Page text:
With the new year starting, it’s an ideal time to look at the economic factors that will affect our housing market in 2020. Yesterday, I had the amazing opportunity to hear Jordon Levine, the Deputy Chief Economist for the California Association of Realtors, give his outlook for the economy and the 2020 California housing market. Here are some of the biggest takeaways from his predictions.
First off, the big picture. Overall we’re in good shape thanks primarily to consumers. Statewide, our GDP growth is at 2.1%, Unemployment is at 3.5%, Job growth is 1.4% and Consumption growth is at 2.9%. Consumer confidence remains high, people are buying cars, going out to eat and spending, keeping these numbers positive. So big picture, independent of other geopolitical issues, our California economy looks strong and stable.
In Silicon Valley, the biggest housing market driver is our local labor market. When unemployment is low, companies must compete for employees and top talent, therefore driving up salaries and subsequently home buying demand. Our current unemployment is at a 55 year low. The next biggest driver to our housing market is mortgage interest rates. Interest rates are currently at 3.72% which is also a near historic low. In contrast, this time last year, interest rates were 4.9%. We’re in a better place than last year for buyers and sellers who benefit from this increased purchasing power. Remember, buying a home is a leveraged investment, you only put down a fraction of the total cost, but get 100% of any potential gains in the future sales price. As a long term investment, the returns may be significant. In 2009 the average home price for a single family home was $480K, today that price is $1.25M. This is a phenomenal time to use someone else’s money to buy a home.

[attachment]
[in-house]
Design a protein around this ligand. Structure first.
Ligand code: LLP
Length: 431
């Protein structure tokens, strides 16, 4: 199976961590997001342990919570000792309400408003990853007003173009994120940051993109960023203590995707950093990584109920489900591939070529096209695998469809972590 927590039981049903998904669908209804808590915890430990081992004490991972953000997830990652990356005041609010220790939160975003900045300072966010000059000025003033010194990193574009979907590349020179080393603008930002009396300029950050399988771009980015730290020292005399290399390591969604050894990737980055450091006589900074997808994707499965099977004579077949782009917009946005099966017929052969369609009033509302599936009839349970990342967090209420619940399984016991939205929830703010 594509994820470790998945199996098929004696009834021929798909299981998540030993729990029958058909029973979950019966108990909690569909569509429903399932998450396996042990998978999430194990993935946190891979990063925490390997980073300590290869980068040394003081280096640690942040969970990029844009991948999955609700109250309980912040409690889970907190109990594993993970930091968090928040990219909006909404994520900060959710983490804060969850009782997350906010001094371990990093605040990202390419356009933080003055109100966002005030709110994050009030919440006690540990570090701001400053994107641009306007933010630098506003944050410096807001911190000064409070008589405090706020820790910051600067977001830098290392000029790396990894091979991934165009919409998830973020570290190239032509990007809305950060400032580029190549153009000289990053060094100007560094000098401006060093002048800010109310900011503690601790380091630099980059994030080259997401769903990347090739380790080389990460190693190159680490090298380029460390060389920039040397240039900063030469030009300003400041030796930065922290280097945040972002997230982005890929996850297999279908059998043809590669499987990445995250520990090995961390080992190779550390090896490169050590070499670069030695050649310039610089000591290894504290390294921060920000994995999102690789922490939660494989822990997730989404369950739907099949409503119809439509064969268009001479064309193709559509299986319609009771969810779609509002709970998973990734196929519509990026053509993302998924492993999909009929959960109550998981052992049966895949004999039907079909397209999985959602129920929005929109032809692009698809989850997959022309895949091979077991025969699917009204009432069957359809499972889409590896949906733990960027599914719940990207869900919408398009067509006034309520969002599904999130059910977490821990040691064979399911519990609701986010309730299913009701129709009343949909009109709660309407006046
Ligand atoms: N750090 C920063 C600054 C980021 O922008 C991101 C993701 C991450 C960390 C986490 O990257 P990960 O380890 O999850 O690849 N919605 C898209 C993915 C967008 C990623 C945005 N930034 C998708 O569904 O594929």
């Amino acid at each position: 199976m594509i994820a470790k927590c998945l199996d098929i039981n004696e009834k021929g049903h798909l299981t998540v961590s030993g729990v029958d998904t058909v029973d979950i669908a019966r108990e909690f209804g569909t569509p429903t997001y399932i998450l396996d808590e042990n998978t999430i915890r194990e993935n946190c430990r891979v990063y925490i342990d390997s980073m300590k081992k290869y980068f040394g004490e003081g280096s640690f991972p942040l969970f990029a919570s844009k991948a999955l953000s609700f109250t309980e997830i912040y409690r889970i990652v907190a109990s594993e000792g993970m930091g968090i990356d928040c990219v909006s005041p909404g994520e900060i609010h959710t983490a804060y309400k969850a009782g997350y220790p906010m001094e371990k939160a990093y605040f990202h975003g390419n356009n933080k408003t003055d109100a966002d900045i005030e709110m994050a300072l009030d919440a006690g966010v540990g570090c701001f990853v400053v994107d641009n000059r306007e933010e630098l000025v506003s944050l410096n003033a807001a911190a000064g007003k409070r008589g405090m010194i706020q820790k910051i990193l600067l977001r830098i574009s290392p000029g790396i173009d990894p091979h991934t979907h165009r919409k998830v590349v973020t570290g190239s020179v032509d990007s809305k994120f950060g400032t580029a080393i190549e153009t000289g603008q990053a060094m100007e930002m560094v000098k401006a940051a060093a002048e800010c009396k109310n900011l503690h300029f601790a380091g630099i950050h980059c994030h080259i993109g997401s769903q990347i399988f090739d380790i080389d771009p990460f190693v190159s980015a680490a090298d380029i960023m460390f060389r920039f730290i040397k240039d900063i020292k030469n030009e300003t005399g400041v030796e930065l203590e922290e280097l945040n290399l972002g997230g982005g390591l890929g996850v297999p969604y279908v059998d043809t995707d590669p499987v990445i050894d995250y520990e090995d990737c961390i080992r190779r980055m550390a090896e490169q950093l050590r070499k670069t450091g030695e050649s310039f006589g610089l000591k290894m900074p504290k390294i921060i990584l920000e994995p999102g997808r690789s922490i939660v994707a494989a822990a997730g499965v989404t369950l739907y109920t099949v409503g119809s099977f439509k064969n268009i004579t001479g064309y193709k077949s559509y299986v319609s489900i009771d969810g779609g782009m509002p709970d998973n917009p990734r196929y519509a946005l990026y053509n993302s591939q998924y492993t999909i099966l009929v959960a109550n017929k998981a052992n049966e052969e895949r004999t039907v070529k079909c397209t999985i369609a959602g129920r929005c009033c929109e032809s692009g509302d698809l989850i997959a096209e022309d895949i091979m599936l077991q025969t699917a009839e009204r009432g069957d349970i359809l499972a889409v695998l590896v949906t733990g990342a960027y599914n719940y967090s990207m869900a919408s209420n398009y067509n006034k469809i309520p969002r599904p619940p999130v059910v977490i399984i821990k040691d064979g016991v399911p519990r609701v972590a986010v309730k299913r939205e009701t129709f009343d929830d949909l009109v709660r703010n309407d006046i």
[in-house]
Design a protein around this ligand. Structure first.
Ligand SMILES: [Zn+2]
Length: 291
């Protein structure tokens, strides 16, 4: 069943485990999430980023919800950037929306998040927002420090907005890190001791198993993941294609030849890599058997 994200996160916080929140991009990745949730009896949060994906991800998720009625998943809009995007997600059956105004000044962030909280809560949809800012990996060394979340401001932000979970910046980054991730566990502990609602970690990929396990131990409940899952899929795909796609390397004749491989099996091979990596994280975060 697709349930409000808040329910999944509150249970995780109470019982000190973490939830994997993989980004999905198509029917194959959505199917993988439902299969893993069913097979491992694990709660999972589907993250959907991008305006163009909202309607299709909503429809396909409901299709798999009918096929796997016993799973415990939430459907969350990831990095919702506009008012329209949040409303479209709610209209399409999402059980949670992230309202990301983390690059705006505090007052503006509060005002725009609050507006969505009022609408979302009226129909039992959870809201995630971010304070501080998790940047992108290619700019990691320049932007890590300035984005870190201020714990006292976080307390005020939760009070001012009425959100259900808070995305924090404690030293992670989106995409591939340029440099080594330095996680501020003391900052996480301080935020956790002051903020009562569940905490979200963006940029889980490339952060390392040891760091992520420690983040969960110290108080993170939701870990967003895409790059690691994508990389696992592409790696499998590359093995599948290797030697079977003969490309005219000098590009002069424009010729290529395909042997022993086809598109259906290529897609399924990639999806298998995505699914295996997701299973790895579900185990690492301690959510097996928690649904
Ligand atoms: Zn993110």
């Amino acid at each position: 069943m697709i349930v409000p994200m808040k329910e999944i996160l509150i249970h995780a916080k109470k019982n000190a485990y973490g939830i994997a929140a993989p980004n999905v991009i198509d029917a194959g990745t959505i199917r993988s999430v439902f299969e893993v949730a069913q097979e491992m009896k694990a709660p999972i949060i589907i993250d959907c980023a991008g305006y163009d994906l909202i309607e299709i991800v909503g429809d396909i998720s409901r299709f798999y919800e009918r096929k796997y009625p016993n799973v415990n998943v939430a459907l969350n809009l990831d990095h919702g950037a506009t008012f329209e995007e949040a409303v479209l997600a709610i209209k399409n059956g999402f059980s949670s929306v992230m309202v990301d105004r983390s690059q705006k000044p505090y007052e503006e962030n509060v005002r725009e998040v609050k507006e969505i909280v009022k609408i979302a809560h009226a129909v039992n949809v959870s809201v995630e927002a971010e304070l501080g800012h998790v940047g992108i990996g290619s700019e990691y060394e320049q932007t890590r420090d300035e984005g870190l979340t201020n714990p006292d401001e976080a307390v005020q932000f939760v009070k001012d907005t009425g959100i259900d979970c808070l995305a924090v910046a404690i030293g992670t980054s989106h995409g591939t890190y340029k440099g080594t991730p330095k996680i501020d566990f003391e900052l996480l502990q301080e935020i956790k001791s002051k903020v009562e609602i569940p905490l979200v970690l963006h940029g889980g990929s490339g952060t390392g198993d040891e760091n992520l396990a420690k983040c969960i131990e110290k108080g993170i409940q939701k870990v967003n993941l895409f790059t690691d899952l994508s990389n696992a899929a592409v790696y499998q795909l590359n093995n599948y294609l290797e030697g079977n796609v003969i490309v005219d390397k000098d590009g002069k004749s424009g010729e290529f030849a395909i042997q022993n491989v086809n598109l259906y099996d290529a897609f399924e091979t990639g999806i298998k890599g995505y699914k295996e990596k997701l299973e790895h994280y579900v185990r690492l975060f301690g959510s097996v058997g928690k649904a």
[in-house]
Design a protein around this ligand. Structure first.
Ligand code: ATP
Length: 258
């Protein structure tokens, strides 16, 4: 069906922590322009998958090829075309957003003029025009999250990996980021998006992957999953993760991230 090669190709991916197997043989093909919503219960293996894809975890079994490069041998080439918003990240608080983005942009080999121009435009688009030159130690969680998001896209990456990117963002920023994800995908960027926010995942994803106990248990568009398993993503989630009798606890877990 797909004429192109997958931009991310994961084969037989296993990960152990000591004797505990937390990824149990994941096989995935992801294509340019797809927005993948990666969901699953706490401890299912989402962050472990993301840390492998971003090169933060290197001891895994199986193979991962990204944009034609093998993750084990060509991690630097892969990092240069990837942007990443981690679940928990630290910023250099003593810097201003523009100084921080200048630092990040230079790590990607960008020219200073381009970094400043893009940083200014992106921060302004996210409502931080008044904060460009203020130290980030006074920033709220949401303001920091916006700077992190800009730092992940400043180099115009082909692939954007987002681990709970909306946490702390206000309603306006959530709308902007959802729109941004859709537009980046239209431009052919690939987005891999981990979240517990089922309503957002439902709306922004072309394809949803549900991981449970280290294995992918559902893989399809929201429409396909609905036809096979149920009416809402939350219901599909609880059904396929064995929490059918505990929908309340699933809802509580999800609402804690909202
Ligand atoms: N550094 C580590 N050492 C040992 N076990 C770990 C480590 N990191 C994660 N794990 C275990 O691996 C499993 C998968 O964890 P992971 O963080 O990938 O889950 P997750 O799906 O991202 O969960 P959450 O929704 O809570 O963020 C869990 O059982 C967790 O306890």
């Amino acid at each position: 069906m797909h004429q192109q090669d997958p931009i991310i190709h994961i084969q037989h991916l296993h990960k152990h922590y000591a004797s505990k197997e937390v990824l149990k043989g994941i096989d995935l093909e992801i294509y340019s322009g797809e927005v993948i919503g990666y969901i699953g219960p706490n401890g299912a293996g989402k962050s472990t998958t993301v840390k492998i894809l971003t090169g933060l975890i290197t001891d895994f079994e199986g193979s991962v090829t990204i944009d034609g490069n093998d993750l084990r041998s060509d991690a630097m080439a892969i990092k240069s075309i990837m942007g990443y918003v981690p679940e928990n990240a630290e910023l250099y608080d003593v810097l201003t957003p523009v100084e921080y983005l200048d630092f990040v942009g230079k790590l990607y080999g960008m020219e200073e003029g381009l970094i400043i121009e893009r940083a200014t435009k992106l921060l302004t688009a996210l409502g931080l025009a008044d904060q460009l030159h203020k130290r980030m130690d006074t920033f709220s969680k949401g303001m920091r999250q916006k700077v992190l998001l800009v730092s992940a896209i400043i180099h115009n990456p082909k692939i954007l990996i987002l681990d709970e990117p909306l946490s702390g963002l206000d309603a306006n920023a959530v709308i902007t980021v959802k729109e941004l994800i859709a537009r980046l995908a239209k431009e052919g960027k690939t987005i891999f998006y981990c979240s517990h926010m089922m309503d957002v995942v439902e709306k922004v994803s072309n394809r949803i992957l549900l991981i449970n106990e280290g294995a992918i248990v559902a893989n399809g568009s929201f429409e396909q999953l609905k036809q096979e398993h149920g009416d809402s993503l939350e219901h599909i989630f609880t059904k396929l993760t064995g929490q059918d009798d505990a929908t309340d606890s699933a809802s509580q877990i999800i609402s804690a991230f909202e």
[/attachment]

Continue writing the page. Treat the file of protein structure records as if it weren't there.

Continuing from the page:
Levine hears a lot of what he calls “brother-in-law” stories. “My brother in law says the market is going to come down and you shouldn’t buy anything now”, etc. etc. I’m sure we all hear these stories from someone we know who is advising others to time the market. As I’ve written before, the only way to know when the bottom of the market happened, is to look in the rear view mirror 6 months later. Jordon states that we’re seeing indicators now that show the market has leveled off and that a key statistic, called Market Velocity, has started to pick up. Market Velocity is the rate at which homes go under contract vs. the amount of new homes coming on the market. Market Velocity goes up when are we selling more units than are coming on the market, using up our inventory. Over the last 4 months we’ve consistently seen our Market Velocity increasing which indicates that inventory will be constrained and that pricing will remain consistent with last year.
So overall, we have historic low unemployment, low interest rates and we are starting to see more homes being sold than homes coming on the market. Market Velocity is the highest its been in a couple of years and a tighter market means more competition for buyers. Levin suggests that all of these factors support a trend of similar home prices compared to last year. Adding to this low interest rates, and a stable economy, Levine predicts that our housing market will be strong for 2020.
If you want to talk more about this, or any other aspects of our market, feel free to give me a call. As always, if you or someone you know is looking to make a change, please don’t hesitate to reach out. I’m happy to help!